Originally posted on National Post | News:
Every year, roughly 60 numbered companies are registered on Prince Edward Island. In 2008 that number suddenly quadrupled, to more than 240, as the provincial government rushed to approve a flood of applications for an immigration program that partnered local businesspeople with foreign investors in exchange for visas, and which was about to be shut down by the federal government.
By the time the island immigrant investor program had ended, more than $500-million had flowed into local businesses, immigration consultants, lawyers and government coffers, the province’s auditor-general later found, a huge sum in a province whose annual operating budget is $1.5-billion.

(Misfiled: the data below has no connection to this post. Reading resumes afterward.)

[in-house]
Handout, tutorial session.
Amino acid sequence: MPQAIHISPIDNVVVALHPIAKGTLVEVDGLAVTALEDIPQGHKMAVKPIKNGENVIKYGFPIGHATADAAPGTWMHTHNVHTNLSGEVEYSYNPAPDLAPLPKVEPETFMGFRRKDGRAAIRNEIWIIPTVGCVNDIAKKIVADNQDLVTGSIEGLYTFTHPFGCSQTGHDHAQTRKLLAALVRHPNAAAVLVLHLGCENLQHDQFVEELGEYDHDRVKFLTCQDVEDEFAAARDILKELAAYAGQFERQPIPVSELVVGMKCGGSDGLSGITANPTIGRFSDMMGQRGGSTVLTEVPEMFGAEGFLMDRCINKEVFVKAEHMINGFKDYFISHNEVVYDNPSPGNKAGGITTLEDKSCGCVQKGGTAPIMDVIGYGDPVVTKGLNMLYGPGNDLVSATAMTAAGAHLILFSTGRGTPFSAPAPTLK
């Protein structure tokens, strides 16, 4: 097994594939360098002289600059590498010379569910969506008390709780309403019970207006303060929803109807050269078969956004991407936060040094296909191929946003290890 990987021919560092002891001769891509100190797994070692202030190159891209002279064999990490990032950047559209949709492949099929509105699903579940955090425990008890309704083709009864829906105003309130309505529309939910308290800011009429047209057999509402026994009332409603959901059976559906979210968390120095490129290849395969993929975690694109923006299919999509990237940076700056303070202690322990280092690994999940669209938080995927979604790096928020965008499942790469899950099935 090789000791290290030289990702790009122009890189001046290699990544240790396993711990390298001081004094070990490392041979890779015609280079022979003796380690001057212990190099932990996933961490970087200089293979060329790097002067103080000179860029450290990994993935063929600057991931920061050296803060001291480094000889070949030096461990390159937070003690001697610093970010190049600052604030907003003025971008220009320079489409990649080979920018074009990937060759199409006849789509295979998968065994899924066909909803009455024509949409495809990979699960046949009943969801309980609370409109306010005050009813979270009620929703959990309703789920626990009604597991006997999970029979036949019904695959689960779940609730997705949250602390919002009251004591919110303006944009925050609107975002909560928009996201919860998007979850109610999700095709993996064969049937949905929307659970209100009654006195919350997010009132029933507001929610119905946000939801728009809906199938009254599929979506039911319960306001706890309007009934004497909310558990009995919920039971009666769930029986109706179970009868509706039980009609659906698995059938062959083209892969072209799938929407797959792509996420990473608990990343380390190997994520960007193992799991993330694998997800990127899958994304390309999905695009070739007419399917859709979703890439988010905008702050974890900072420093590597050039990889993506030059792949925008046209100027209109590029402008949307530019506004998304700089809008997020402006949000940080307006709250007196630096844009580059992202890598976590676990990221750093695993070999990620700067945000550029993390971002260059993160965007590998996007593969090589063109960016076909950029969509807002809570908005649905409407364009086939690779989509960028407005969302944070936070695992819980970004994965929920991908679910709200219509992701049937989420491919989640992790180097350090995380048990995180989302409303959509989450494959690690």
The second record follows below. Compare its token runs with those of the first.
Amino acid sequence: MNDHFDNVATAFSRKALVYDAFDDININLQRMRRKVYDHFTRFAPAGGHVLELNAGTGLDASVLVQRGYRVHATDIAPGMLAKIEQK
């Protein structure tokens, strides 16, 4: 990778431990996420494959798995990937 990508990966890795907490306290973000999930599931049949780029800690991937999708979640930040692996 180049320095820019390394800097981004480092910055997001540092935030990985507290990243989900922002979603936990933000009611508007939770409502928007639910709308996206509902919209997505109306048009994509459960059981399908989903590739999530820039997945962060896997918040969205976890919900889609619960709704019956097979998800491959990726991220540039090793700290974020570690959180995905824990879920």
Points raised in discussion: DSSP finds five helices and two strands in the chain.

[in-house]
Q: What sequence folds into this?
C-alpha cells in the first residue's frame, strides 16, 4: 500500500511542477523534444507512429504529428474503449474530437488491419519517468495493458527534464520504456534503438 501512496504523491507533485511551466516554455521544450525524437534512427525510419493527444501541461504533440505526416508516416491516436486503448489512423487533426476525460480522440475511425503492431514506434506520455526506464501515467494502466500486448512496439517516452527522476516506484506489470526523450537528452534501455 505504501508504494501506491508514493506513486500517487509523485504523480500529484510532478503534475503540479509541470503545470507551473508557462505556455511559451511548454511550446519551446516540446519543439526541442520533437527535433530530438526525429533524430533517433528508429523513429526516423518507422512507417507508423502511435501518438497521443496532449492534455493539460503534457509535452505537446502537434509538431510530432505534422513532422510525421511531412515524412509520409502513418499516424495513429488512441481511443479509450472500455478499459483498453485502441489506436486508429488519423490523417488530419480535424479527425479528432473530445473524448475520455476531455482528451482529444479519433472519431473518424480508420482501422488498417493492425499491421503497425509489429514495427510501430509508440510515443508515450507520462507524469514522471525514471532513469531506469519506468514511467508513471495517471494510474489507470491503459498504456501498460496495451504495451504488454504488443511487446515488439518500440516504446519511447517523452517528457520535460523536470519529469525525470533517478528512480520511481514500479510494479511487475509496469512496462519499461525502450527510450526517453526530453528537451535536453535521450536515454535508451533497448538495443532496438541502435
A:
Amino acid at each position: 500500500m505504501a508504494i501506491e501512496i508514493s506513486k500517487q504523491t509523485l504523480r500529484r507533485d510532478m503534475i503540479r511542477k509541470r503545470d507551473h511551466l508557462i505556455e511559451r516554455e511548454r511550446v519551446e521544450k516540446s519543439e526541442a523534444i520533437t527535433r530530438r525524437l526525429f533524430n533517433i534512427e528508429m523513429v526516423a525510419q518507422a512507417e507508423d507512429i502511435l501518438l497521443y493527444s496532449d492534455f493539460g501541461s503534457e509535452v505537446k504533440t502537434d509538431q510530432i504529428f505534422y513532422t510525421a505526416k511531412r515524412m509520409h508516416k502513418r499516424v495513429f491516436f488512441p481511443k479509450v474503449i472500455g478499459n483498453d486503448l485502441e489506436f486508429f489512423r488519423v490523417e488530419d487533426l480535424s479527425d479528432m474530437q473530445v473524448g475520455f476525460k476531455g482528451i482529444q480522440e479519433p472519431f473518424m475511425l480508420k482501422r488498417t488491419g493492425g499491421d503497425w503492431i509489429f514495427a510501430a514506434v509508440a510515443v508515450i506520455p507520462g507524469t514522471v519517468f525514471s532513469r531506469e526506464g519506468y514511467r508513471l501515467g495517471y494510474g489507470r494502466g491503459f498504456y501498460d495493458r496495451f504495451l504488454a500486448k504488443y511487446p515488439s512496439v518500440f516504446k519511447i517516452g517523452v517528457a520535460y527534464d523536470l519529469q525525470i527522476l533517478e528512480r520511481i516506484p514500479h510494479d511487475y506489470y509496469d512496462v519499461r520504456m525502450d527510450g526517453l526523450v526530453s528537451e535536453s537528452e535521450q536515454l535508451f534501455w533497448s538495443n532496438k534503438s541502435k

“If there were that many new businesses on P.E.I., where are they all and why isn’t the economy stronger?” asked Cora Plourd, one of three former employees of island’s immigration program who went public during the October provincial election with allegations of fraud and mismanagement, including what one ex-employee said were envelopes of cash trading hands between bureaucrats and immigrants seeking to move their applications to the front of the line. “If that much money came into P.E.I., why aren’t we in better shape?”